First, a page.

(2) Reasonable grounds for the proceeding

[14] The Court must examine the basis for the proposed proceeding to assess its viability. There must be reasonable grounds on the facts and the law to suggest that the vexatious litigant’s case has some chance of success. Cases where the vexatious litigant’s walk down the pathway to success will be difficult but not impossible meet this requirement.

[15] In other words, the proposed proceeding should not be doomed to fail: for guidance on that standard, see Wenham v. Canada (Attorney General), 2018 FCA 199, 429 D.L.R. (4th) 166 at paras. 22-33 (applying relevant Supreme Court authority); Canada (National Revenue) v. JP Morgan Asset Management (Canada) Inc., 2013 FCA 250, [2014] 2 F.C.R. 557.

[16] In considering whether a proposed proceeding is doomed to fail, the Court must consider the standard of review: Apotex Inc. v. Allergan Inc., 2020 FCA 208 at paras. 9-10; Hébert v. Wenham, 2020 FCA 186 at paras. 11-14; Raincoast Conservation Foundation v. Canada (Attorney General), 2019 FCA 224 at para. 16. Where, as here, the proposed proceeding is a judicial review of an administrative decision, the standard of review is reasonableness, and the administrative decision is relatively unconstrained within the meaning of Canada (Minister of Citizenship and Immigration) v. Vavilov, 2019 SCC 65, 441 D.L.R. (4th) 1, the vexatious litigant faces a high hurdle. In that sort of judicial review, the vexatious litigant must point to a significant flaw that strikes at the heart of the administrative decision.

[17] It is not enough for vexatious litigants to offer bald allegations or speculations in support of their cases. Instead, they must set out in their supporting affidavit a reasonable factual and legal basis for the proceeding. The affidavit should include a draft notice of application or draft statement of claim and describe or even append the key supporting evidence. The more detailed the affidavit is, the better. But it is not necessary for vexatious litigants to come anywhere close to proving their cases: this is not a summary judgment motion. To grant leave, the Court only has to be satisfied there is some arguable substance behind the proceeding.

[18] Some vexatious litigants may repeatedly and unsuccessfully try to get leave to start various new proceedings. In that circumstance, yet another attempt to seek leave might be met with understandable scepticism on the part of the Court. But that would be wrong. The Court must remain open-minded. Vexatious litigants who have cried wolf too often in the past might actually come across a wolf one day and might genuinely need help.

[19] In this Court, motions under subsection 40(4) are determined on the basis of written materials. Sometimes a vexatious litigant’s materials fall short of the mark because the vexatious litigant lacks the capacity to litigate effectively. The Court should be alert for this. Sometimes the Court might direct the vexatious litigant to seek advice or assistance. Sometimes the Court might give the vexatious litigant an opportunity to cure deficient materials.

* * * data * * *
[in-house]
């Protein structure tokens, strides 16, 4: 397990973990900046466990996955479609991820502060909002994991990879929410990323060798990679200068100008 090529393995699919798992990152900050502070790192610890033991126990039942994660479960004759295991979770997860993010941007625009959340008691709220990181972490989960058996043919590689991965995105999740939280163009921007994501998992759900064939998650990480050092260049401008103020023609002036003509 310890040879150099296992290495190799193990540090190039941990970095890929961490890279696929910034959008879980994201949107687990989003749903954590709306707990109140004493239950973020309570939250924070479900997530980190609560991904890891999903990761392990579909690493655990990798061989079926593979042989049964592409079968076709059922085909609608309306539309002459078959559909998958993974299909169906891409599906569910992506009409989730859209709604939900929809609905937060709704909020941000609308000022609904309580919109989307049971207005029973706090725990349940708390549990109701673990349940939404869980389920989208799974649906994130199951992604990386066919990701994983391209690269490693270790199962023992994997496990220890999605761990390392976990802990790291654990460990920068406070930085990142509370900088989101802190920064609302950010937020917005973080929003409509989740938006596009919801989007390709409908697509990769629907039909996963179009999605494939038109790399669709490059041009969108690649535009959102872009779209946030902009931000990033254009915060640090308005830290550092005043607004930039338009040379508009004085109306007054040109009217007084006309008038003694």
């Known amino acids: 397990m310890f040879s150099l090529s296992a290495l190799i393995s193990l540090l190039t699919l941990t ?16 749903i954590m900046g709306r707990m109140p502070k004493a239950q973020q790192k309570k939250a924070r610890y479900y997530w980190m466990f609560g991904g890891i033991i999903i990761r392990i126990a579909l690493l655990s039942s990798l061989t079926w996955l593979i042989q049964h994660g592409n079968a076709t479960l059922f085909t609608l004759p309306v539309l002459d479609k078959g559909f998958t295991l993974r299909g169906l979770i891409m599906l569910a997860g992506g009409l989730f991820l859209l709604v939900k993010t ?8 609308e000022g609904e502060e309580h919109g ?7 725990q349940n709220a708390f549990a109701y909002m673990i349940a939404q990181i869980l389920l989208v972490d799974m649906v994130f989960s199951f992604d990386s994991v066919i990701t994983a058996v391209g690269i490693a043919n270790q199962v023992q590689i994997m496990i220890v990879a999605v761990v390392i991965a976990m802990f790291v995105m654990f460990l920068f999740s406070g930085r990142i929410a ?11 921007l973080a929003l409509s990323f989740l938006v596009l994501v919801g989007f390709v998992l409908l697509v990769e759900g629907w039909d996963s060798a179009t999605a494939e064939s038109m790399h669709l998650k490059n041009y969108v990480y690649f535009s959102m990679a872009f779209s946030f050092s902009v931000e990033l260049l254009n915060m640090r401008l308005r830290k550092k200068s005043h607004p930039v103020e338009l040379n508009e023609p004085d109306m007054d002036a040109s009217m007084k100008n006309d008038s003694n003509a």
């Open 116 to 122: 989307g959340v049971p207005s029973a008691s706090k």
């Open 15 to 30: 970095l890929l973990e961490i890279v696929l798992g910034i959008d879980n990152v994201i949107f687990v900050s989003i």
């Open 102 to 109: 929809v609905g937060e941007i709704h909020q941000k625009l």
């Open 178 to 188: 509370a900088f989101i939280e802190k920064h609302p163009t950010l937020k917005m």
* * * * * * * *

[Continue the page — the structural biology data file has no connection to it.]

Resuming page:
B. The residual discretion

[20] The two requirements under subsection 40(4) of the Act must both be met. If one or both are not, that is the end of the matter; there is no discretion to grant leave.

[21] But if both requirements are met, subsection 40(4) provides that the Court "“may”", not "“shall”", grant leave. The Court has a residual discretion.

[22] It would be unwise at this time to try to define the content of this discretion in detail. Over time, the facts of future cases will define the proper content and scope of the discretion. The discretion will be very much governed by the overall purpose of subsection 40(4), discussed below.

[23] It may be that this discretion allows the Court to grant leave on certain conditions and to revoke leave if certain terms are not met. One possible term is that the vexatious litigant propose an acceptable schedule or a litigation plan. Another possible term is that the vexatious litigant be represented by counsel.

C. Access to justice

[24] Some might think that subsection 40(4) should be interpreted in a manner that facilitates the vexatious litigant’s access to justice. But that is too simplistic a view of subsection 40(4) and ignores the plain meaning of its text.

[25] It is no part of the Court’s task to take abstract principles valued highly by many, such as access to justice, and force subsection 40(4) to conform with them: Hillier v. Canada (Attorney General), 2019 FCA 44, 431 D.L.R. (4th) 556. The Court’s job is to discern the authentic meaning of legislative provisions, not amend them: Williams v. Canada (Public Safety and Emergency Preparedness), 2017 FCA 252, [2018] 4 F.C.R. 174.

[26] Further, access to justice is a vague concept that takes on different meanings depending on the context. In the particular context of a leave motion brought under subsection 40(4) of the Act, we are dealing with vexatious litigants who have been proven to be harmful to the court system, other parties, and other cases—in other words, litigants that frustrate access to justice. See Olumide at paras. 17-34.

[27] In light of this, the question under subsection 40(4) is whether the regulation of the vexatious litigant’s access to court should be loosened just enough to permit a particular proceeding to be advanced and, if so, whether additional measures should be taken to ensure the proceeding is prosecuted responsibly and efficiently without harm to others.

[28] The Court must keep this understanding of access to justice front of mind as it applies subsection 40(4) to a particular case.